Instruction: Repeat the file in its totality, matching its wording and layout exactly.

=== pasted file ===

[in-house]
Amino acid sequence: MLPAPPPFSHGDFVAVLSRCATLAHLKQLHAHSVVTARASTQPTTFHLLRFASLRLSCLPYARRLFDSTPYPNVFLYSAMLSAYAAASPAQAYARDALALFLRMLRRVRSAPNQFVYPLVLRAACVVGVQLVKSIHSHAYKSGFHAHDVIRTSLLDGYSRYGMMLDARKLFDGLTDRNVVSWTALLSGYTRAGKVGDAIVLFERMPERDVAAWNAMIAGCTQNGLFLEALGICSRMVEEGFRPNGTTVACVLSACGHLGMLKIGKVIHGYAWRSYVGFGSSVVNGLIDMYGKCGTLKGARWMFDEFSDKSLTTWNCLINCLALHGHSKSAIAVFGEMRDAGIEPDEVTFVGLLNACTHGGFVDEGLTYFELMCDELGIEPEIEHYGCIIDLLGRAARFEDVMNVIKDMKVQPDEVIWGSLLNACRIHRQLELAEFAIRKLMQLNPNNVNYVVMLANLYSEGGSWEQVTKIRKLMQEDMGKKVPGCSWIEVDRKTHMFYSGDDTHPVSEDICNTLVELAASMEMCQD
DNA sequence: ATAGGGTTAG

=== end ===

[in-house]
Amino acid sequence: MLPAPPPFSHGDFVAVLSRCATLAHLKQLHAHSVVTARASTQPTTFHLLRFASLRLSCLPYARRLFDSTPYPNVFLYSAMLSAYAAASPAQAYARDALALFLRMLRRVRSAPNQFVYPLVLRAACVVGVQLVKSIHSHAYKSGFHAHDVIRTSLLDGYSRYGMMLDARKLFDGLTDRNVVSWTALLSGYTRAGKVGDAIVLFERMPERDVAAWNAMIAGCTQNGLFLEALGICSRMVEEGFRPNGTTVACVLSACGHLGMLKIGKVIHGYAWRSYVGFGSSVVNGLIDMYGKCGTLKGARWMFDEFSDKSLTTWNCLINCLALHGHSKSAIAVFGEMRDAGIEPDEVTFVGLLNACTHGGFVDEGLTYFELMCDELGIEPEIEHYGCIIDLLGRAARFEDVMNVIKDMKVQPDEVIWGSLLNACRIHRQLELAEFAIRKLMQLNPNNVNYVVMLANLYSEGGSWEQVTKIRKLMQEDMGKKVPGCSWIEVDRKTHMFYSGDDTHPVSEDICNTLVELAASMEMCQD
DNA sequence: ATAGGGTTAG